Accidents

Passengers burnt beyond recognition in Anambra accident — FRSC

Passengers burnt beyond recognition in Anambra accident — FRSC
Written by Maritime First

Mr Andrew Kumapayi, the Anambra State Sector Commander of the Federal Road Safety Corps, said on Sunday that many passengers were burnt beyond recognition when their vehicle went into flames on the Ihiala/Onitsha road in Anambra State.

Kumapayi said that they were yet to know the actual number of people that died in the accident because they were burnt beyond recognition.

“This evening, a lone fatal road traffic crash was allegedly caused by tyre burst as a result of excessive speeding. The vehicle somersaulted and burst into flames.

“Information reaching the Command states that all passengers on board were burnt beyond recognition, along with the bus.

“The Anambra State fire service has been contacted and the FRSC rescue team from Ihiala Unit Command are on ground to ensure free flow of traffic, while all obstructions are being cleared,” he said.

Kumapayi said that the corpse of the only male adult who jumped out of the vehicle in the process had been deposited at the Morgue at Our Lady of Lourdes Hospital in Ihiala.

Also read: OGUN: Road accidents claim 109 lives, within 8 months

He added that there would be more updates as events unfold.

Egyptian Tourism and Antiquities Minister Khaled al-Anany (C) and Secretary-General of the Supreme Council of Antiquities (SCA) Mostafa Waziri (R) look at a 2,500-year-old coffin discovered in Giza, Egypt, on Sept. 6, 2020. (Xinhua photo)

However, in another development, Egypt has announced the discovery of a collection of more than 13 intact sealed coffins, dating back to 2,500 years ago.

The coffins were found at an archaeological site in Saqqara necropolis in Giza, said the Egyptian Ministry of Tourism and Antiquities in a statement.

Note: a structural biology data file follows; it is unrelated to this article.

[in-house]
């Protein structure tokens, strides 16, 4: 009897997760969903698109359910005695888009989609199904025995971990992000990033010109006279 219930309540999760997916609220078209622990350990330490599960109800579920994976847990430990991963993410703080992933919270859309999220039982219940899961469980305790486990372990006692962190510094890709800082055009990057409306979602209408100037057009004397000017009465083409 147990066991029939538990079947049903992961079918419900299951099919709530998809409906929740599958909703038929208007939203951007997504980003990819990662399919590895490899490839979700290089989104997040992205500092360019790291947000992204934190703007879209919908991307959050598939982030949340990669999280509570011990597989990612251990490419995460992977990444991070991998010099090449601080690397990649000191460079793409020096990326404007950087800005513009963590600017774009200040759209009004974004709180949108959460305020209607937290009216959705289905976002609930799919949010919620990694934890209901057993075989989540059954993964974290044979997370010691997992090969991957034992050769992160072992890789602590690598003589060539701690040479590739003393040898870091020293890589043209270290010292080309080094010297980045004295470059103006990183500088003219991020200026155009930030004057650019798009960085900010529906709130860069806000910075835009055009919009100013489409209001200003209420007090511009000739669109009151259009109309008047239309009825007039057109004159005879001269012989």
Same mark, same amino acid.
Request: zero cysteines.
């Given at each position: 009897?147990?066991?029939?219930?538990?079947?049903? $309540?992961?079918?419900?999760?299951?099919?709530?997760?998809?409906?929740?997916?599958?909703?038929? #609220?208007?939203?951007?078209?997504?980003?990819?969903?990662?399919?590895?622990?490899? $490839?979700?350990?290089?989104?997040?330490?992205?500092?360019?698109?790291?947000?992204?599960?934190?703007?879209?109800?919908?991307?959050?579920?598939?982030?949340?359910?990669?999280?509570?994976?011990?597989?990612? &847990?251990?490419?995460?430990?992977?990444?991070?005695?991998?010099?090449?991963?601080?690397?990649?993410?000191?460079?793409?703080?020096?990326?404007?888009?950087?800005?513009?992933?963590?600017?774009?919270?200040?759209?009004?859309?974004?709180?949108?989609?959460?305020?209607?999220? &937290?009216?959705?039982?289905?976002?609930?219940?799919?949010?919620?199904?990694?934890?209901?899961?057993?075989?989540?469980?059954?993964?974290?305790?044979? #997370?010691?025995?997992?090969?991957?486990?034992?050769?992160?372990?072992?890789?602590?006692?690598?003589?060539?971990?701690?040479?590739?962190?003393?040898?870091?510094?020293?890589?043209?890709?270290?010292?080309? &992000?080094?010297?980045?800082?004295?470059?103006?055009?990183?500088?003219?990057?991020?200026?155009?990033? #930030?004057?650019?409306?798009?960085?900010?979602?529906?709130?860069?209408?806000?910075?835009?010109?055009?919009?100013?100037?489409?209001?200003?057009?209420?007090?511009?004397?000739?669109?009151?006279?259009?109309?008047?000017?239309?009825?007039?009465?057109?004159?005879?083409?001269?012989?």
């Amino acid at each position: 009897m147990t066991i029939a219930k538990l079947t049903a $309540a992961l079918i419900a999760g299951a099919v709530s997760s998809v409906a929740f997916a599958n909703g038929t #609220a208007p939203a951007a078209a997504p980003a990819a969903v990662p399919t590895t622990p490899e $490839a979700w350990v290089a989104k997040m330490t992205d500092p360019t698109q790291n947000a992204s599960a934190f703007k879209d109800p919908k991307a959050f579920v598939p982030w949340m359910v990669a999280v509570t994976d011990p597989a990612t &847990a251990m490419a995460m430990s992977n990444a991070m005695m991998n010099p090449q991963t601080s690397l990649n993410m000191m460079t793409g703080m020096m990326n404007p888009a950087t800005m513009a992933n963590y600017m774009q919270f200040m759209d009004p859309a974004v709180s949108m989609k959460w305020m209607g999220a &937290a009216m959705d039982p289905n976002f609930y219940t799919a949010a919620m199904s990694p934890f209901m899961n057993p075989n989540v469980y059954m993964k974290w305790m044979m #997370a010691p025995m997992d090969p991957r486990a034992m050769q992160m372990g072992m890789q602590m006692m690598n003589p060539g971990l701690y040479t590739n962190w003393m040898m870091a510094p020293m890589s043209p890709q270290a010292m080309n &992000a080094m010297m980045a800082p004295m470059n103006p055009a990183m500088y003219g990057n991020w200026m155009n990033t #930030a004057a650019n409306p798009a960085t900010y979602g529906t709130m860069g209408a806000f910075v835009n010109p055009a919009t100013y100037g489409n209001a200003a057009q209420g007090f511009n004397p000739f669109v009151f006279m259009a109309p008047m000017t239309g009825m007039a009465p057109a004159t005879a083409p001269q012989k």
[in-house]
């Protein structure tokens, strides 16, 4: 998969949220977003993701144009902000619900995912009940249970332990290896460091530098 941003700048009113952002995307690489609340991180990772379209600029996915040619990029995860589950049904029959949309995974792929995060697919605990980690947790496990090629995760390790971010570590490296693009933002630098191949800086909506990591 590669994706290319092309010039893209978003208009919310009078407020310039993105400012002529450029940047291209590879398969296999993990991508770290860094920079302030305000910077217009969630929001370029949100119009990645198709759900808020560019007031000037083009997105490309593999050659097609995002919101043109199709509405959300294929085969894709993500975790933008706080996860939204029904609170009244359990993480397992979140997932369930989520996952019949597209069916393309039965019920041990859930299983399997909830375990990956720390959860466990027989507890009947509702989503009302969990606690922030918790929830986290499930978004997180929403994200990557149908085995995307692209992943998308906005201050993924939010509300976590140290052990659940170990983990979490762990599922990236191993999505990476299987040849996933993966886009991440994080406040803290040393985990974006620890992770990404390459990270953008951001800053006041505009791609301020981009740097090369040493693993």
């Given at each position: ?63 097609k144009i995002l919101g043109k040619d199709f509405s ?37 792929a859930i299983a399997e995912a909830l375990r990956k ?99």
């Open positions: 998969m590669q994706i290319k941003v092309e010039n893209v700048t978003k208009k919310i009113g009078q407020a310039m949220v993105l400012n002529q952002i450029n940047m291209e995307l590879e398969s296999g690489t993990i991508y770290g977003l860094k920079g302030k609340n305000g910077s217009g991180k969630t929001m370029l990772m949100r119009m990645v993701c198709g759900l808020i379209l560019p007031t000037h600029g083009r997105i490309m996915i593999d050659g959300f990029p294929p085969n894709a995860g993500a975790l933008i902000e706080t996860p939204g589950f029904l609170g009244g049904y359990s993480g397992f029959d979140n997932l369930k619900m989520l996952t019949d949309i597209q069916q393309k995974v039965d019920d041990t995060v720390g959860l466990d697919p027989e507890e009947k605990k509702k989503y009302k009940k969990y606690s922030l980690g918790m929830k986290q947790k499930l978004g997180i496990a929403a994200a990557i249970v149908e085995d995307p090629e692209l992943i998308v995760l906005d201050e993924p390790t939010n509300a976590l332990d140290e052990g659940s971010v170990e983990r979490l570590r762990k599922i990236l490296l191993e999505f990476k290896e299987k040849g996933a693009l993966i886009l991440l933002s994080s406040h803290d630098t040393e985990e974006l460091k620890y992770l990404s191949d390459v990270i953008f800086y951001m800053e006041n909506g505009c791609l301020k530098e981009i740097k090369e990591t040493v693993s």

The coffins, along with three sealed niches, were unearthed inside an 11-meter-deep shaft, according to the statement.

Egyptian Tourism and Antiquities Minister, Khaled al-Anany and Mostafa Waziri, Secretary-General of the Supreme Council of Antiquities (SCA), visited the site on Sunday and inspected the excavation work in the shaft.

“The discovery marks the largest number of coffins found in one burial place since the discovery of the Asasif Cachette,’’ the minister said, referring to the discovery of 30 ancient coffins in October 2019 at Asasif cemetery in Upper Egypt’s Luxor Province.

“The discovery in Saqqara includes a wonderful collection of coloured wooden coffins whose colours and inscriptions are still in a good condition despite the passage of 2,500 years,’’ Waziri, who leads the Egyptian archaeological mission in Saqqara, told Xinhua.

Waziri said the exact number of the unearthed coffins, as well as the identity and titles of their owners, have not yet been determined.

But, he added, they will be found out in the coming few days as the excavation work still continues.

“The mission continues excavation work on the site and it is expected to result in many other new discoveries of shafts, coloured wooden coffins and statues,’’ the SCA chief added.

Initial studies revealed that the coffins are completely sealed and have not been opened since they were buried inside the shaft, according to the ministry.

 

 

 

Additional reports from Xinhua

 

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